Comments from our listeners on some of our recent broadcasts.
CURWOOD: It’s Living on Earth, I’m Steve Curwood. Time now for comments from you, our listeners.
CURWOOD: Our look at the environmental records of Democratic presidential nominee John Kerry and Vice Presidential nominee John Edwards was appreciated by many listeners. Among them: Jill Harmer, from Louisville, Kentucky, who called in to request that we continue this type of political reporting well past the campaign season.
HARMER: I really appreciate your telling about the candidates’ views on the environment in the last program. That’s what we need, the real issues. And I would like in the future for us to have issues, not just before the election, but timely, so we can call in and comment on them to the right places. Thank you so much for that special last program.
CURWOOD: Our roundtable discussion examining Senator Kerry’s campaign proposals for energy independence also struck a cord with listeners. Steve Dollase (Do-la-c), in Arlington, Virginia, believes it was a stretch when our guest from the Energy Future Coalition, Reid Detchon, said a hike in the gas tax wouldn’t cut oil consumption because demand for gasoline is to a certain extent “inelastic.”
“While gasoline demand is inelastic in the short-run, it is much more elastic in the long run,” Mr. Dollase writes. “Higher gasoline prices would, in the long run, motivate consumers to purchase fuel-efficient vehicles, utilize mass transit, choose to live near where they work and alter their behavior in other ways which would reduce consumption.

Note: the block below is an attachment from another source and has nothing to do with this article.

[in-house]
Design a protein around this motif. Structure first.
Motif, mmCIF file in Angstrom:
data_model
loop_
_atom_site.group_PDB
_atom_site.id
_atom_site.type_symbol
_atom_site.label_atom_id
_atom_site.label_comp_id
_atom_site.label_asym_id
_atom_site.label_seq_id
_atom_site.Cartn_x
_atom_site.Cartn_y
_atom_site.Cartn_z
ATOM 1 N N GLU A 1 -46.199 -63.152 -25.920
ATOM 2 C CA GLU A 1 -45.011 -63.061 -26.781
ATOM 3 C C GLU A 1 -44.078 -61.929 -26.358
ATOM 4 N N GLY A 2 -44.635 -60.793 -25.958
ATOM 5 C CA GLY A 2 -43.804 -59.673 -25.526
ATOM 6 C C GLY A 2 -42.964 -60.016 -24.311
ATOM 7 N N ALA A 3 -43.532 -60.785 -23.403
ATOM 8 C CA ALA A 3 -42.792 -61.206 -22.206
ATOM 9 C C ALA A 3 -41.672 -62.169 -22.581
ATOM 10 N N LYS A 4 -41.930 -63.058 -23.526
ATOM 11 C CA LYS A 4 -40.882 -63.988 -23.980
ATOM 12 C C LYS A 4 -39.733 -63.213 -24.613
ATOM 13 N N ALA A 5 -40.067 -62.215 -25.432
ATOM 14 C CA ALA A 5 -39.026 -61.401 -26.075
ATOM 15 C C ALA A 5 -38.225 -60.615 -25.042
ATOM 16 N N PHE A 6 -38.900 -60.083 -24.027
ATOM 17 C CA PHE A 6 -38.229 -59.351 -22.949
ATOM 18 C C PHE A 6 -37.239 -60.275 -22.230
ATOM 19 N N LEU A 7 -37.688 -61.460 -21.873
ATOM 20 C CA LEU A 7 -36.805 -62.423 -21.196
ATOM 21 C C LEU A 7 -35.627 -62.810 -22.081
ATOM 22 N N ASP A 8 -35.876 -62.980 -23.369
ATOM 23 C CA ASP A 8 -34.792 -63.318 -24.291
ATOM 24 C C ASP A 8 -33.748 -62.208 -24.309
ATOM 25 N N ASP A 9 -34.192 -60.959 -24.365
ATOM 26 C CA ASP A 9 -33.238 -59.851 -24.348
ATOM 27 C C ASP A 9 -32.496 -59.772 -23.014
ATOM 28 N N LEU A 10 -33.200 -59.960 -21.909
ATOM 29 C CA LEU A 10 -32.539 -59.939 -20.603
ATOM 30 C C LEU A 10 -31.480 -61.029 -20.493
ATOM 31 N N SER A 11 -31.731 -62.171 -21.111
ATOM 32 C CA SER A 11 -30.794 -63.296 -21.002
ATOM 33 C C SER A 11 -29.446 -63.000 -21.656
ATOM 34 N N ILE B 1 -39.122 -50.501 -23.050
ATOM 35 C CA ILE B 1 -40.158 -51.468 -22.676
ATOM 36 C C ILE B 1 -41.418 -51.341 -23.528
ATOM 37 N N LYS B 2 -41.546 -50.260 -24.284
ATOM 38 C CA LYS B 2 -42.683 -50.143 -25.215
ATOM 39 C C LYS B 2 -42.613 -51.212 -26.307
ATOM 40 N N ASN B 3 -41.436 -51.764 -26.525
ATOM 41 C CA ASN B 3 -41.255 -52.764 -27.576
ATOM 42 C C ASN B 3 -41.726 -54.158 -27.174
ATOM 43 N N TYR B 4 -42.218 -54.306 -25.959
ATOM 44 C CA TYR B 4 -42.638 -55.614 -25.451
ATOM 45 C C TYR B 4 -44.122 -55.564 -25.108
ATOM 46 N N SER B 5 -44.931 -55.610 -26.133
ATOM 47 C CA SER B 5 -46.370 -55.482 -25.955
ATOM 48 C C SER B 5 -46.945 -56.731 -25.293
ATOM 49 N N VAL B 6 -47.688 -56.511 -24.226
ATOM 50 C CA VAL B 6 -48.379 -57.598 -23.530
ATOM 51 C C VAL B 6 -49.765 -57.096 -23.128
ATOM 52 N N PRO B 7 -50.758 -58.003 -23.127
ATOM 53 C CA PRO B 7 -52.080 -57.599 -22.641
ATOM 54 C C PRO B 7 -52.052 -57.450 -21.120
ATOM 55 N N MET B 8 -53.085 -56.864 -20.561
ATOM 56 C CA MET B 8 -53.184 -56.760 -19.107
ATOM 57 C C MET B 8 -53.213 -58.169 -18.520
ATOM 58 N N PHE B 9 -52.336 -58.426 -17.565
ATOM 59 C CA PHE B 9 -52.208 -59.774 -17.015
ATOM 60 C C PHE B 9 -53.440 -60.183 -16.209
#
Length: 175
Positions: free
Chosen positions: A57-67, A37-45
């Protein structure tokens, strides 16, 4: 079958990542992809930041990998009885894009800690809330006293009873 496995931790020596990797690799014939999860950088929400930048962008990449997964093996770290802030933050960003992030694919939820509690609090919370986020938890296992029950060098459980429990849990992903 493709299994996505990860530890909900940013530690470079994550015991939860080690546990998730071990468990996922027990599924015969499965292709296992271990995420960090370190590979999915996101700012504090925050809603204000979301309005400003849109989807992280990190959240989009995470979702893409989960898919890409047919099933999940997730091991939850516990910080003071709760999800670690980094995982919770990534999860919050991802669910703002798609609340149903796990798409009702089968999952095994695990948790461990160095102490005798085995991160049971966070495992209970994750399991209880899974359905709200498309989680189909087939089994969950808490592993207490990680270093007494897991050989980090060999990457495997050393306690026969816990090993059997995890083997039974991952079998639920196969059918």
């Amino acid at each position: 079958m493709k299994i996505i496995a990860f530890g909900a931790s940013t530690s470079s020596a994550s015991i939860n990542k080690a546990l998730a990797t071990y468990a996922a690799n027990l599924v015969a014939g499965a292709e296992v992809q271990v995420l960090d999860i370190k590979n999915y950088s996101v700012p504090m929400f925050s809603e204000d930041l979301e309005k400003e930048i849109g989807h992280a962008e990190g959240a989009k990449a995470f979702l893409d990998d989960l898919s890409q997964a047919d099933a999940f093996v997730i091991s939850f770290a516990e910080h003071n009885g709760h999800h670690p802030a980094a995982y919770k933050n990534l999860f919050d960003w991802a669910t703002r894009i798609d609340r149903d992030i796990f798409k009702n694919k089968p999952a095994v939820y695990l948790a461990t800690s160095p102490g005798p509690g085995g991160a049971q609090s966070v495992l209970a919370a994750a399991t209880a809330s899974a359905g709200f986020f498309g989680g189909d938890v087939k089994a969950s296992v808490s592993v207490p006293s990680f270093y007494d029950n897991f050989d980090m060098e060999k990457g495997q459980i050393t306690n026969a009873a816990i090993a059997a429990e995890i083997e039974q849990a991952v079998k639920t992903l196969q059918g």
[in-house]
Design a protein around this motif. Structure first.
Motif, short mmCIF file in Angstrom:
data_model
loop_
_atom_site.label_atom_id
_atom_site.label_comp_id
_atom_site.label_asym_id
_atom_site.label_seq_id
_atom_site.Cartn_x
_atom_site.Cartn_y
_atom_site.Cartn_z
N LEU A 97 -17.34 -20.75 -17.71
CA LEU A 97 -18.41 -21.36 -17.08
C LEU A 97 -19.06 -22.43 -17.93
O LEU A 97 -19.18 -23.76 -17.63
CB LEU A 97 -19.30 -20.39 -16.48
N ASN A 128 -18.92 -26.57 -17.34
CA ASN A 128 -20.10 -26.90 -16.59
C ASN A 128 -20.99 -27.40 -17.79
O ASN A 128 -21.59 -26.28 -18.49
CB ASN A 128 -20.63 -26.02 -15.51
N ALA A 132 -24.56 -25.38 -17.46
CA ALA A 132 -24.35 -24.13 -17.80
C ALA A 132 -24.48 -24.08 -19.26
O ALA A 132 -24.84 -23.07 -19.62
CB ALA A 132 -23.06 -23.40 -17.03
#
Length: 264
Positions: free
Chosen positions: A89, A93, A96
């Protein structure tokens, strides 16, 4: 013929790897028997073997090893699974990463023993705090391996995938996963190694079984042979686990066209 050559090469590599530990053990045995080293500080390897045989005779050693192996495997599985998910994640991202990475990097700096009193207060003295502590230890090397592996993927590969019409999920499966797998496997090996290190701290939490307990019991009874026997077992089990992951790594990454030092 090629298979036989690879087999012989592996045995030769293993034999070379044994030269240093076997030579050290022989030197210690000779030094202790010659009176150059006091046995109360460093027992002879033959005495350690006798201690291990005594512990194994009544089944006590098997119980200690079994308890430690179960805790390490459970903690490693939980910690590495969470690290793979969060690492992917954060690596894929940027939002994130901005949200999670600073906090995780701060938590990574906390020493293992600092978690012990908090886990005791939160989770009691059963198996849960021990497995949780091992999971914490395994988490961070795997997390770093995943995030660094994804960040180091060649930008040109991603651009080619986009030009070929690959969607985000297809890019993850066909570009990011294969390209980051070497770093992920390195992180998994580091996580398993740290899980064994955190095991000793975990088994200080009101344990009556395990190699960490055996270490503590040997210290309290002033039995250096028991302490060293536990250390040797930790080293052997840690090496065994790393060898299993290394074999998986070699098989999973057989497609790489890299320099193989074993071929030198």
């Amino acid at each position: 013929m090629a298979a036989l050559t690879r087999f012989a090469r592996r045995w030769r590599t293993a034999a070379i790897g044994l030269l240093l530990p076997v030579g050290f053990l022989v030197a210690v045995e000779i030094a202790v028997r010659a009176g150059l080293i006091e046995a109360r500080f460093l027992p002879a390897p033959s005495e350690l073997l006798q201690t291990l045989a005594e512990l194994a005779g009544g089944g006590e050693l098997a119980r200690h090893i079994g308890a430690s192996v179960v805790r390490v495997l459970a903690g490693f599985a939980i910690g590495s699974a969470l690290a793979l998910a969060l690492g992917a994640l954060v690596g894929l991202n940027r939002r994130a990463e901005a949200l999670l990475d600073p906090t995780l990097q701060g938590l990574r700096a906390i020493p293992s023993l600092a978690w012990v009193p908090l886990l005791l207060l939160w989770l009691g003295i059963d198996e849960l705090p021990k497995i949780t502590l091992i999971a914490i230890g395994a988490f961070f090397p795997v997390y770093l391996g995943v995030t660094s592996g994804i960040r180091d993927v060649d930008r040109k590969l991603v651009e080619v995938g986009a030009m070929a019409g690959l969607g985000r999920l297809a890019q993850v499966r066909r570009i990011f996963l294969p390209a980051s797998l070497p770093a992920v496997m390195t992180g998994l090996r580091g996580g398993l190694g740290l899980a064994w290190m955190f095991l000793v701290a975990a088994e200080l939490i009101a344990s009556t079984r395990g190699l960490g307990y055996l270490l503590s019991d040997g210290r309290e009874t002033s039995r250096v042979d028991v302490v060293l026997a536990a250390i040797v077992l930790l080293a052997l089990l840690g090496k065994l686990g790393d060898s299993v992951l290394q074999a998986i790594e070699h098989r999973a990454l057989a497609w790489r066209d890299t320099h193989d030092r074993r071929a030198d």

Calvin E. Hilton, Jr., who hears us on WJCT in Jacksonville, Florida, also disputes Mr. Detchon’s comment that a gas tax would not change consumer behavior because transportation is not a discretionary purchase. “People spend a lot of time in their cars that is discretionary and people can decide to buy more fuel efficient cars to offset higher gas prices,” he writes. “I’m surprised that no one challenged his statement.
Finally, our report on the fate of Waterfront South, a neighborhood in Camden, New Jersey, drew several comments. City officials there are inviting in more industry to spur jobs and tax revenue, but residents in the largely Black and Latino community say they already bear more than their share of pollution.
Margaret Betz in Savannah, Georgia, writes: “Focused on the sensitive issues affecting the people there, the story demonstrated the environmental racism evident in our nation’s long-standing practices of dumping polluting industries into areas of the city’s poorest families. The same injustice is so very evident on the coast of Georgia.”
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